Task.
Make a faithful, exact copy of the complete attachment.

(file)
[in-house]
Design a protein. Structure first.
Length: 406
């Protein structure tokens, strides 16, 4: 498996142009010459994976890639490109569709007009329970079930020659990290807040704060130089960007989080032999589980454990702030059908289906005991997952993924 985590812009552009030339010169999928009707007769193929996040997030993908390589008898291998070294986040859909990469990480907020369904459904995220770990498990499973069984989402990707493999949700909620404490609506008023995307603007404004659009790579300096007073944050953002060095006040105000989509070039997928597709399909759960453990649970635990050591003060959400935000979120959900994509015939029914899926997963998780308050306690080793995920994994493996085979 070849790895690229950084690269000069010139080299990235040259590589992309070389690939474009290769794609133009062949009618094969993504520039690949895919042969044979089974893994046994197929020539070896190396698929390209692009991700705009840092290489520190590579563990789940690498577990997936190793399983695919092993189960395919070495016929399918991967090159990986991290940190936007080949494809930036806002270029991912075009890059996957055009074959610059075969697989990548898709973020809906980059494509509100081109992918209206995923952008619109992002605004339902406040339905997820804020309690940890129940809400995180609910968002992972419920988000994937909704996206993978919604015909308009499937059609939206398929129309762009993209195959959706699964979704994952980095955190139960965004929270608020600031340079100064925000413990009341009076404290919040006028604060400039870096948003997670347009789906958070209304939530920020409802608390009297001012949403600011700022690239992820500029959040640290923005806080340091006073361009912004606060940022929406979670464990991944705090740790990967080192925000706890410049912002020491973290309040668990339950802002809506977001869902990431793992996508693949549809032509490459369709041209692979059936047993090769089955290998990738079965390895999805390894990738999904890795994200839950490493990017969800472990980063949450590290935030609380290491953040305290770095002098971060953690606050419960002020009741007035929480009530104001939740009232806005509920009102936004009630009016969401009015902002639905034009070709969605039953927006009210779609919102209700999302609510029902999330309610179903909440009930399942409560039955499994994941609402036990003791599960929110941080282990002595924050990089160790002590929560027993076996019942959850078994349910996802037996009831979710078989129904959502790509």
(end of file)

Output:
[in-house]
Design a protein. Structure first.
Length: 406
């Protein structure tokens, strides 16, 4: 498996142009010459994976890639490109569709007009329970079930020659990290807040704060130089960007989080032999589980454990702030059908289906005991997952993924 985590812009552009030339010169999928009707007769193929996040997030993908390589008898291998070294986040859909990469990480907020369904459904995220770990498990499973069984989402990707493999949700909620404490609506008023995307603007404004659009790579300096007073944050953002060095006040105000989509070039997928597709399909759960453990649970635990050591003060959400935000979120959900994509015939029914899926997963998780308050306690080793995920994994493996085979 070849790895690229950084690269000069010139080299990235040259590589992309070389690939474009290769794609133009062949009618094969993504520039690949895919042969044979089974893994046994197929020539070896190396698929390209692009991700705009840092290489520190590579563990789940690498577990997936190793399983695919092993189960395919070495016929399918991967090159990986991290940190936007080949494809930036806002270029991912075009890059996957055009074959610059075969697989990548898709973020809906980059494509509100081109992918209206995923952008619109992002605004339902406040339905997820804020309690940890129940809400995180609910968002992972419920988000994937909704996206993978919604015909308009499937059609939206398929129309762009993209195959959706699964979704994952980095955190139960965004929270608020600031340079100064925000413990009341009076404290919040006028604060400039870096948003997670347009789906958070209304939530920020409802608390009297001012949403600011700022690239992820500029959040640290923005806080340091006073361009912004606060940022929406979670464990991944705090740790990967080192925000706890410049912002020491973290309040668990339950802002809506977001869902990431793992996508693949549809032509490459369709041209692979059936047993090769089955290998990738079965390895999805390894990738999904890795994200839950490493990017969800472990980063949450590290935030609380290491953040305290770095002098971060953690606050419960002020009741007035929480009530104001939740009232806005509920009102936004009630009016969401009015902002639905034009070709969605039953927006009210779609919102209700999302609510029902999330309610179903909440009930399942409560039955499994994941609402036990003791599960929110941080282990002595924050990089160790002590929560027993076996019942959850078994349910996802037996009831979710078989129904959502790509």